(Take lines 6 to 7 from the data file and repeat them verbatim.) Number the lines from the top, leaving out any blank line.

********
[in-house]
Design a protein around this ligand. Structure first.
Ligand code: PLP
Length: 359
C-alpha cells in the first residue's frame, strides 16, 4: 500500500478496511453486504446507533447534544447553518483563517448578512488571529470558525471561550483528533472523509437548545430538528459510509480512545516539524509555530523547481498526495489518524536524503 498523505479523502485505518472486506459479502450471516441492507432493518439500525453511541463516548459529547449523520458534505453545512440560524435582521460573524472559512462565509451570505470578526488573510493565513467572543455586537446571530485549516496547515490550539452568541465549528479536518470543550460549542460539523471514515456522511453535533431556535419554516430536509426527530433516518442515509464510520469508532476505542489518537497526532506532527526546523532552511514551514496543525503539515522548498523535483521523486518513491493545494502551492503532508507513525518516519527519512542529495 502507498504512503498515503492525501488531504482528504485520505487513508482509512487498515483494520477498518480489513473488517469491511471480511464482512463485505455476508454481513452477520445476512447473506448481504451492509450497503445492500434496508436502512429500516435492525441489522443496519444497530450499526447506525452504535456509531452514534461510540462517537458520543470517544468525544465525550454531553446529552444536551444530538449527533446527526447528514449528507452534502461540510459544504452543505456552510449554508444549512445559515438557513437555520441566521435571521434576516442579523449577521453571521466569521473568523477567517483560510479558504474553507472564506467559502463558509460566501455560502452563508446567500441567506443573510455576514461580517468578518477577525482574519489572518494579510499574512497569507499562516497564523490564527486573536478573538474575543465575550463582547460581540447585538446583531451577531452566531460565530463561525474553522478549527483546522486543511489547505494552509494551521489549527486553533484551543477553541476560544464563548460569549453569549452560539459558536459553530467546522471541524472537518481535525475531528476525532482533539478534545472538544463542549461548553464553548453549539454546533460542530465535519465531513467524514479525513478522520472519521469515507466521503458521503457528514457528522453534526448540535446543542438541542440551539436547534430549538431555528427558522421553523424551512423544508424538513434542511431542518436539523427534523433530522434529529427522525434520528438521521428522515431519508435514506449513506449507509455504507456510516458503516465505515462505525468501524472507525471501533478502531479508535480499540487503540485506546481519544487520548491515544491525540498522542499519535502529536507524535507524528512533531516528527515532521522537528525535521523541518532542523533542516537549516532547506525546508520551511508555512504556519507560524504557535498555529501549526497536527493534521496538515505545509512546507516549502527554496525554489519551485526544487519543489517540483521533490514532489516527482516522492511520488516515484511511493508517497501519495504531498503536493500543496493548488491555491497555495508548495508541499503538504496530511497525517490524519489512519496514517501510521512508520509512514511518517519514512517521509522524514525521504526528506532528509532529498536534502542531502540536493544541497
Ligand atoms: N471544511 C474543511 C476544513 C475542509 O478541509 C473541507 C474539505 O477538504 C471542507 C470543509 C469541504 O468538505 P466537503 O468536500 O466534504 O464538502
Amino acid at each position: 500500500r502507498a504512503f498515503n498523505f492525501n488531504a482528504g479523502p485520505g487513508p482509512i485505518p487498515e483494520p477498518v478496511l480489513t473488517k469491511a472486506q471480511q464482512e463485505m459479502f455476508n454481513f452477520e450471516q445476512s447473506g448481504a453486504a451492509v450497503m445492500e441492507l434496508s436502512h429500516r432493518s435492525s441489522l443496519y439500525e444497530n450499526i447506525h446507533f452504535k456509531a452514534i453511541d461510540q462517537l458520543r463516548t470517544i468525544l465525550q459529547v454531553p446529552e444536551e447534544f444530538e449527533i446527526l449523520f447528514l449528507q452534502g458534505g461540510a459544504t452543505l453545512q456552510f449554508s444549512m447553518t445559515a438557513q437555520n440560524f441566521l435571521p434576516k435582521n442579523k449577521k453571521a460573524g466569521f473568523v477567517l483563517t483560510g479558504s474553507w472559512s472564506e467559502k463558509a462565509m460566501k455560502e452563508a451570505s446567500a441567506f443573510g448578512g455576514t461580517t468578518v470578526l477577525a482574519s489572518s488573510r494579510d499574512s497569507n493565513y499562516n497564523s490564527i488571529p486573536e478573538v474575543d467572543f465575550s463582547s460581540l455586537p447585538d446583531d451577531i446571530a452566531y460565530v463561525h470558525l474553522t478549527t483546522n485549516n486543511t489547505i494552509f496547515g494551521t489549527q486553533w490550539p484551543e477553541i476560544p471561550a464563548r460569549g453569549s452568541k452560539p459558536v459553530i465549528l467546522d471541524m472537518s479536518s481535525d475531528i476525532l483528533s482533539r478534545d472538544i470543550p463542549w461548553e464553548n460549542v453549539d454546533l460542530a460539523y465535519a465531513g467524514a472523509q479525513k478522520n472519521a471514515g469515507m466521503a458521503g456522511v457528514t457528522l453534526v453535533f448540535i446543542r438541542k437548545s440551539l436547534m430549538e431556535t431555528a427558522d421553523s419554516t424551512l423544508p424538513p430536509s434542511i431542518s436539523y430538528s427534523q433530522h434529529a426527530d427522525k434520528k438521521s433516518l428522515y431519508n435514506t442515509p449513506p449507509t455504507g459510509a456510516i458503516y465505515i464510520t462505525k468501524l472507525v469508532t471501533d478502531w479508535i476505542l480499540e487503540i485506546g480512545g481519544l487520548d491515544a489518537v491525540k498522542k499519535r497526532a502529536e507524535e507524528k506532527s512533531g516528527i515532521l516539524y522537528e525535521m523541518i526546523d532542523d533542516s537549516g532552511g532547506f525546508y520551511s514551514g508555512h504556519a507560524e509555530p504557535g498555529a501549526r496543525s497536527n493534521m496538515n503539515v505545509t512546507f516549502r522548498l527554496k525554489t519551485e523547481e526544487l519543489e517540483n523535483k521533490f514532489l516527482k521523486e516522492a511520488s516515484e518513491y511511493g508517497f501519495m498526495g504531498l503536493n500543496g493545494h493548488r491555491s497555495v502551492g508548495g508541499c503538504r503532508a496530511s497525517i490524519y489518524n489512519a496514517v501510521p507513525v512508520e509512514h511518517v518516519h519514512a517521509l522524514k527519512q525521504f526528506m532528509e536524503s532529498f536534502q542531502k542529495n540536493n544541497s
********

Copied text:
Ligand atoms: N471544511 C474543511 C476544513 C475542509 O478541509 C473541507 C474539505 O477538504 C471542507 C470543509 C469541504 O468538505 P466537503 O468536500 O466534504 O464538502
Amino acid at each position: 500500500r502507498a504512503f498515503n498523505f492525501n488531504a482528504g479523502p485520505g487513508p482509512i485505518p487498515e483494520p477498518v478496511l480489513t473488517k469491511a472486506q471480511q464482512e463485505m459479502f455476508n454481513f452477520e450471516q445476512s447473506g448481504a453486504a451492509v450497503m445492500e441492507l434496508s436502512h429500516r432493518s435492525s441489522l443496519y439500525e444497530n450499526i447506525h446507533f452504535k456509531a452514534i453511541d461510540q462517537l458520543r463516548t470517544i468525544l465525550q459529547v454531553p446529552e444536551e447534544f444530538e449527533i446527526l449523520f447528514l449528507q452534502g458534505g461540510a459544504t452543505l453545512q456552510f449554508s444549512m447553518t445559515a438557513q437555520n440560524f441566521l435571521p434576516k435582521n442579523k449577521k453571521a460573524g466569521f473568523v477567517l483563517t483560510g479558504s474553507w472559512s472564506e467559502k463558509a462565509m460566501k455560502e452563508a451570505s446567500a441567506f443573510g448578512g455576514t461580517t468578518v470578526l477577525a482574519s489572518s488573510r494579510d499574512s497569507n493565513y499562516n497564523s490564527i488571529p486573536e478573538v474575543d467572543f465575550s463582547s460581540l455586537p447585538d446583531d451577531i446571530a452566531y460565530v463561525h470558525l474553522t478549527t483546522n485549516n486543511t489547505i494552509f496547515g494551521t489549527q486553533w490550539p484551543e477553541i476560544p471561550a464563548r460569549g453569549s452568541k452560539p459558536v459553530i465549528l467546522d471541524m472537518s479536518s481535525d475531528i476525532l483528533s482533539r478534545d472538544i470543550p463542549w461548553e464553548n460549542v453549539d454546533l460542530a460539523y465535519a465531513g467524514a472523509q479525513k478522520n472519521a471514515g469515507m466521503a458521503g456522511v457528514t457528522l453534526v453535533f448540535i446543542r438541542k437548545s440551539l436547534m430549538e431556535t431555528a427558522d421553523s419554516t424551512l423544508p424538513p430536509s434542511i431542518s436539523y430538528s427534523q433530522h434529529a426527530d427522525k434520528k438521521s433516518l428522515y431519508n435514506t442515509p449513506p449507509t455504507g459510509a456510516i458503516y465505515i464510520t462505525k468501524l472507525v469508532t471501533d478502531w479508535i476505542l480499540e487503540i485506546g480512545g481519544l487520548d491515544a489518537v491525540k498522542k499519535r497526532a502529536e507524535e507524528k506532527s512533531g516528527i515532521l516539524y522537528e525535521m523541518i526546523d532542523d533542516s537549516g532552511g532547506f525546508y520551511s514551514g508555512h504556519a507560524e509555530p504557535g498555529a501549526r496543525s497536527n493534521m496538515n503539515v505545509t512546507f516549502r522548498l527554496k525554489t519551485e523547481e526544487l519543489e517540483n523535483k521533490f514532489l516527482k521523486e516522492a511520488s516515484e518513491y511511493g508517497f501519495m498526495g504531498l503536493n500543496g493545494h493548488r491555491s497555495v502551492g508548495g508541499c503538504r503532508a496530511s497525517i490524519y489518524n489512519a496514517v501510521p507513525v512508520e509512514h511518517v518516519h519514512a517521509l522524514k527519512q525521504f526528506m532528509e536524503s532529498f536534502q542531502k542529495n540536493n544541497s